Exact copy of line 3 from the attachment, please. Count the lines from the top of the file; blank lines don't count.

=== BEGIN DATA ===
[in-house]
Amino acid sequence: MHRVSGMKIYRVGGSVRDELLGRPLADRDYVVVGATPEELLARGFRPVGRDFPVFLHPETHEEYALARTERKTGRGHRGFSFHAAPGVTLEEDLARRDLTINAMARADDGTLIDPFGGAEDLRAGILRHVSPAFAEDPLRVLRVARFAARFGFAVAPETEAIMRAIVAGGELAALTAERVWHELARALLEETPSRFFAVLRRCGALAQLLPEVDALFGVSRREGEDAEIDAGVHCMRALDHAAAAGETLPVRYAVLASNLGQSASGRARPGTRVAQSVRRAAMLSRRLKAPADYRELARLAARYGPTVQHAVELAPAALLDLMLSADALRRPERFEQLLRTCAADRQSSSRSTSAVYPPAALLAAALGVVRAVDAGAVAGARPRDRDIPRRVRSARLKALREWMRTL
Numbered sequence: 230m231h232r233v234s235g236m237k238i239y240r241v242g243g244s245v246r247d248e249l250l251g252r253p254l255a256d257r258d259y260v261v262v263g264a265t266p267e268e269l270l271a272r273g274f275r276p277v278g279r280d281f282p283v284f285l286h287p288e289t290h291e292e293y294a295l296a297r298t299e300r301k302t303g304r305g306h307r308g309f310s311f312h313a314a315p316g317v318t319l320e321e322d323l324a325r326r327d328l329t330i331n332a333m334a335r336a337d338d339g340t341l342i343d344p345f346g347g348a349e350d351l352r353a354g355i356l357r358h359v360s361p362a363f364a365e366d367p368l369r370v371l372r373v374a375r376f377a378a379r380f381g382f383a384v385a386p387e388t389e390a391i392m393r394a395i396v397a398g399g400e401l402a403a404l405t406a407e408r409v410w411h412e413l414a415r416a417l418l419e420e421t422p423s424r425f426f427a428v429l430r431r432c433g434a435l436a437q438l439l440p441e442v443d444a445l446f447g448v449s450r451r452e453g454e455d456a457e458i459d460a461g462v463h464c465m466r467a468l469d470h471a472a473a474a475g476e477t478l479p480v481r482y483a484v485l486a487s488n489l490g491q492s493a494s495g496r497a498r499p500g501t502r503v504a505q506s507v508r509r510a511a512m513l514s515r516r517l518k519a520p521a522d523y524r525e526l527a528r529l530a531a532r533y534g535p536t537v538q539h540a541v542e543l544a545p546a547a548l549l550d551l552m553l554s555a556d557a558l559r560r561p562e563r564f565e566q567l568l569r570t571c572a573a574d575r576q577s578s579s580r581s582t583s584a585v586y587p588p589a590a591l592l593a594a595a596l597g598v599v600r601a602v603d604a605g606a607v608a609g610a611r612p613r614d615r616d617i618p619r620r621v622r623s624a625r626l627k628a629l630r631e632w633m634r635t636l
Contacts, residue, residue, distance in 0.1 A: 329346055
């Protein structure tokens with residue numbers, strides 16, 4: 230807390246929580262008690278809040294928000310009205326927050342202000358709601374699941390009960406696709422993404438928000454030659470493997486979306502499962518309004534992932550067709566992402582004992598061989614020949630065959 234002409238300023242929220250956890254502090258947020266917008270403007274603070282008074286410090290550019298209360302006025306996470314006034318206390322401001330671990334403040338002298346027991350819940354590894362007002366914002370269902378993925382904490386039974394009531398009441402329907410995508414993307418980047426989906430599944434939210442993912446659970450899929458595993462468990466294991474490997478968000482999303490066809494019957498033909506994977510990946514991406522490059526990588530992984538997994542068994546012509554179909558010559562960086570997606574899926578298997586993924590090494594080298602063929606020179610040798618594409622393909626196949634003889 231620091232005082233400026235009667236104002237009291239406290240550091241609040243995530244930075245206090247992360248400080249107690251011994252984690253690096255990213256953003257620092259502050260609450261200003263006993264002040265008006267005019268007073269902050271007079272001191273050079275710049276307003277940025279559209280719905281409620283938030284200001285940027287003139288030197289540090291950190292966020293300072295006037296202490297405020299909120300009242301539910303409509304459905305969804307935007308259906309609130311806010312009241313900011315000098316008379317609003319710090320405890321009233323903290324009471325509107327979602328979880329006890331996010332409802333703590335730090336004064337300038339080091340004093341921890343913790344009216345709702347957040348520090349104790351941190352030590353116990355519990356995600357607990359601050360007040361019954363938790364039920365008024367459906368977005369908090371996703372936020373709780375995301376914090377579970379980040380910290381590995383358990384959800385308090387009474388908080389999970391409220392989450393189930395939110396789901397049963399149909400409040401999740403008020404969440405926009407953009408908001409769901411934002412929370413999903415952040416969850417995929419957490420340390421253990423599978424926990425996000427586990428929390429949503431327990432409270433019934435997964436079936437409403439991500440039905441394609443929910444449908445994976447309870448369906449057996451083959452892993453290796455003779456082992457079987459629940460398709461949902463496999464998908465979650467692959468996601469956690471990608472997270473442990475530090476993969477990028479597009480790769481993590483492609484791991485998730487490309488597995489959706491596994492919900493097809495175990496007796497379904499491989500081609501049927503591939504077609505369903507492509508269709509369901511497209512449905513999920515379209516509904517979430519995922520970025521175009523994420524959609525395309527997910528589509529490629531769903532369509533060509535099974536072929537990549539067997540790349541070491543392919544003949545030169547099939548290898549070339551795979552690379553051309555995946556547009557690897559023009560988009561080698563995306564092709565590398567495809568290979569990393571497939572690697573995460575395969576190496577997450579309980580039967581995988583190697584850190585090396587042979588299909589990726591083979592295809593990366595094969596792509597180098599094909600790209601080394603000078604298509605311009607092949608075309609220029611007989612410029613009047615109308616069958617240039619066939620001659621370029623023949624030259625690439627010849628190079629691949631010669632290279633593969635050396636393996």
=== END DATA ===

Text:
Numbered sequence: 230m231h232r233v234s235g236m237k238i239y240r241v242g243g244s245v246r247d248e249l250l251g252r253p254l255a256d257r258d259y260v261v262v263g264a265t266p267e268e269l270l271a272r273g274f275r276p277v278g279r280d281f282p283v284f285l286h287p288e289t290h291e292e293y294a295l296a297r298t299e300r301k302t303g304r305g306h307r308g309f310s311f312h313a314a315p316g317v318t319l320e321e322d323l324a325r326r327d328l329t330i331n332a333m334a335r336a337d338d339g340t341l342i343d344p345f346g347g348a349e350d351l352r353a354g355i356l357r358h359v360s361p362a363f364a365e366d367p368l369r370v371l372r373v374a375r376f377a378a379r380f381g382f383a384v385a386p387e388t389e390a391i392m393r394a395i396v397a398g399g400e401l402a403a404l405t406a407e408r409v410w411h412e413l414a415r416a417l418l419e420e421t422p423s424r425f426f427a428v429l430r431r432c433g434a435l436a437q438l439l440p441e442v443d444a445l446f447g448v449s450r451r452e453g454e455d456a457e458i459d460a461g462v463h464c465m466r467a468l469d470h471a472a473a474a475g476e477t478l479p480v481r482y483a484v485l486a487s488n489l490g491q492s493a494s495g496r497a498r499p500g501t502r503v504a505q506s507v508r509r510a511a512m513l514s515r516r517l518k519a520p521a522d523y524r525e526l527a528r529l530a531a532r533y534g535p536t537v538q539h540a541v542e543l544a545p546a547a548l549l550d551l552m553l554s555a556d557a558l559r560r561p562e563r564f565e566q567l568l569r570t571c572a573a574d575r576q577s578s579s580r581s582t583s584a585v586y587p588p589a590a591l592l593a594a595a596l597g598v599v600r601a602v603d604a605g606a607v608a609g610a611r612p613r614d615r616d617i618p619r620r621v622r623s624a625r626l627k628a629l630r631e632w633m634r635t636l